By Eric Bowlby and Carmen Aurrecoechea
Maple Canyon in Bankers Hill: What comes to mind when you read those words? An escape to nature? Trails? Or maybe the unique pedestrian bridge connecting the Quince Street cul-de-sacs between Third and Fourth avenues?
When San Diego Canyonlands looks at an urban canyon, we see the opportunity for filtering stormwater through native vegetation, re-establishing San Diego’s rich flora and fauna including endangered species, visual and physical access to nature, community connections, passive recreation and nature classrooms for urban youth. Of course none of this is possible without purposeful collaboration with the city’s Open Space Division, the canyon neighbors and a community of businesses, youth, and faith-based and civic groups. Bankers Hill has shown it has both the ingredients and the energy.
In the midst of relocating his business from Seattle to Bankers Hill, and building a home on the rim of Maple Canyon with his partner Michael Jacobs, artist/furniture maker Roy McMakin noticed that Maple Canyon “could use a bit more love.” He Googled the nonprofit San Diego Canyonlands, met with executive director Eric Bowlby, and began cooking up interest.
In May 2003, working as the Canyons campaign manager for the local chapter of the Sierra Club, Bowlby had established the Friends of Maple Canyon. Over the years, the city’s Open Space Division worked to engage the volunteer group, and an environmental consultant company, RECON Environmental, adopted the canyon as part of an I Love a Clean San Diego program. Still, it was time to “stir the pot again and re-energize local stewardship,” Bowlby said.
Via email, McMakin introduced Bowlby to a list of Maple Canyon neighbors and community leaders, and they helped SD Canyonlands with door-to-door outreach to over 1,500 Bankers Hill residents — inviting them to a free, guided tour of the canyon. On Feb. 7, over 40 residents turned out for the canyon tour led by city open space Ranger Jason Allen and SD Canyonlands president Carrie Schneider (former president of the California Native Plant Society, San Diego Chapter).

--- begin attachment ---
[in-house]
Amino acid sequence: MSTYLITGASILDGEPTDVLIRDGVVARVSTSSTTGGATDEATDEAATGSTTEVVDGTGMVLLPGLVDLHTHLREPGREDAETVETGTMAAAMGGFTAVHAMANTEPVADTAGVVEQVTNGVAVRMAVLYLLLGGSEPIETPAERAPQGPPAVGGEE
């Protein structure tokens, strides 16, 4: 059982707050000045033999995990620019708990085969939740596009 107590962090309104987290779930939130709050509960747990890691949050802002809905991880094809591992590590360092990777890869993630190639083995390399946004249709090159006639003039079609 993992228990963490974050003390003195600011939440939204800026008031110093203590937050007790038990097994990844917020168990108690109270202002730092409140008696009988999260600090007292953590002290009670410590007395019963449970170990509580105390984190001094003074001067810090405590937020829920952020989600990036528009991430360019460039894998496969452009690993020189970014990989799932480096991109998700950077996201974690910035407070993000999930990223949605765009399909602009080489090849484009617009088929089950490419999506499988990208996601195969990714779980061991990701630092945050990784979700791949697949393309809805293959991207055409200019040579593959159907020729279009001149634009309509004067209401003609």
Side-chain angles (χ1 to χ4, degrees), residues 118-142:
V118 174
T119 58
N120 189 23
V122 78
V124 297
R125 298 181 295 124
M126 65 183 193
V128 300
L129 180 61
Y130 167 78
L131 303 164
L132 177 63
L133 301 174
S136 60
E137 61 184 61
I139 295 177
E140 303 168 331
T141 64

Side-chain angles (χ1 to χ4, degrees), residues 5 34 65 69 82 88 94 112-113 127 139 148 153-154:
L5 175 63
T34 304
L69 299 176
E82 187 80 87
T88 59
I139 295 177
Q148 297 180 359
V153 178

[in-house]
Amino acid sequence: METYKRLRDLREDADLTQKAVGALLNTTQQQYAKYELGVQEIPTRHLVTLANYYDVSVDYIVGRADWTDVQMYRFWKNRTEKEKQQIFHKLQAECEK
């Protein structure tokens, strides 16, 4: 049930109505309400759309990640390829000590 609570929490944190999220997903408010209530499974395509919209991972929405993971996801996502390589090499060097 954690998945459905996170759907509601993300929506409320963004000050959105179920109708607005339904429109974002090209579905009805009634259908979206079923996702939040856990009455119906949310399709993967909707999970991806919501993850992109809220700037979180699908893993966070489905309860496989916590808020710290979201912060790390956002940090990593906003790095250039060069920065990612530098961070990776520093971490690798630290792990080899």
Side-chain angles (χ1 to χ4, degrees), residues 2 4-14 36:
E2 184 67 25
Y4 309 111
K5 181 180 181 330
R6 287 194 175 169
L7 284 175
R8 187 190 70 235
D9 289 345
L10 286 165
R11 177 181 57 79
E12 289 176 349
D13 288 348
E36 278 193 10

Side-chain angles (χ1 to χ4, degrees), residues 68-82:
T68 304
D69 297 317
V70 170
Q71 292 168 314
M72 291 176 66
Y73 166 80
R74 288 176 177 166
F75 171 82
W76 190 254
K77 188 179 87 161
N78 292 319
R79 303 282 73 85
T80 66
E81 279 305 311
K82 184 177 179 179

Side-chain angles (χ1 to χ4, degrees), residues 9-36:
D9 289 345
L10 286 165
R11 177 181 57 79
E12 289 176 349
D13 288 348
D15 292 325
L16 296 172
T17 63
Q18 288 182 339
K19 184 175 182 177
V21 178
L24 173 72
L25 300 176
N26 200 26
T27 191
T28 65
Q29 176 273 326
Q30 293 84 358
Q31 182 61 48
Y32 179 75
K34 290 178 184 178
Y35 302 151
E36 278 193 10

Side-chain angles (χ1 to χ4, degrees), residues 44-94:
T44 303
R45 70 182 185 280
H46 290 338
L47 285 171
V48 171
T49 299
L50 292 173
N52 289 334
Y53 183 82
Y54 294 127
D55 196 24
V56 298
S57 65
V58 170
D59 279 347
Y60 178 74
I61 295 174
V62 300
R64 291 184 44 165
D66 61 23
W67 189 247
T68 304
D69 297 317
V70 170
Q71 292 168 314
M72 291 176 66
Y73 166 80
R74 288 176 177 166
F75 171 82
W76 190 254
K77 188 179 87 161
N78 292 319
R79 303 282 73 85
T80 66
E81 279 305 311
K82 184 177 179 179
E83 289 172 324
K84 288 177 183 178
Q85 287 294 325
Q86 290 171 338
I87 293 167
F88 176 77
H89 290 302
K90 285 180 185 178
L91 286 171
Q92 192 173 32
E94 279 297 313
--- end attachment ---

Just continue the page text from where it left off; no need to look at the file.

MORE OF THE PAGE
The flyer also promoted a Feb. 22 stewardship event and Bankers Hill responded with a turn out of 20 new Maple Canyon friends. With guidance from Ranger Mika Shimada, they installed new steps on the steep trail entrance off of Quince Street and Third Avenue. They also filled a walk-in dumpster with litter, palm fronds, dumped furniture and soggy piles of clothing left behind in abandoned camps.
McMakin urged Bowlby to make a presentation at the monthly Bankers Hill Community Group meeting. At their March 16 meeting, Bowlby outlined the challenges for restoring Maple Canyon, and discussed his Canyon Enhancement Planning (CEP) program that is methodically planning rehabilitating of urban canyons throughout San Diego.
CEP includes a partnership with San Diego State University’s Geography Department. The SDSU students and interns go afoot and afield to map the existing conditions in the canyons, including social trails, erosion, viewpoints and vegetation conditions. These new GIS maps are used by community stakeholders to assess enhancements such as what trails to close and which to improve and what connections can be made for trail users to link to Balboa Park, Little Italy or even San Diego Bay.
The maps were completed in May, and SD Canyonlands will assemble the stakeholders to begin the Maple Canyon enhancement planning process this fall. Visit sdcanyonlands.org/cep and scroll down to view these new maps.
Maple Canyon sits on the fringes of Downtown San Diego. It has all the daunting urban canyon challenges such as widespread invasive plant species, severe erosion, illegal dumping, encampments and trail blazing. But now it has McMakin’s leadership and a newly organized Friends of Bankers Hill who are enthusiastically rolling up their sleeves. Bankers Hill residents have donated to support SD Canyonlands planning and stewardship programs. With support from the City Open Space Division and biological expertise from RECON Environmental, the recipe is place to address the challenges in Maple Canyon and showcase the incredible resource values of San Diego’s wonderful urban canyons.
To join the Friends of Maple Canyon group or for further information, contact firstname.lastname@example.org or call 619-284-9399.
—Eric Bowlby is the executive director of San Diego Canyonlands. Carmen Aurrecoechea is a San Diego Canyonlands intern and graduate from San Diego State University, majoring in geography.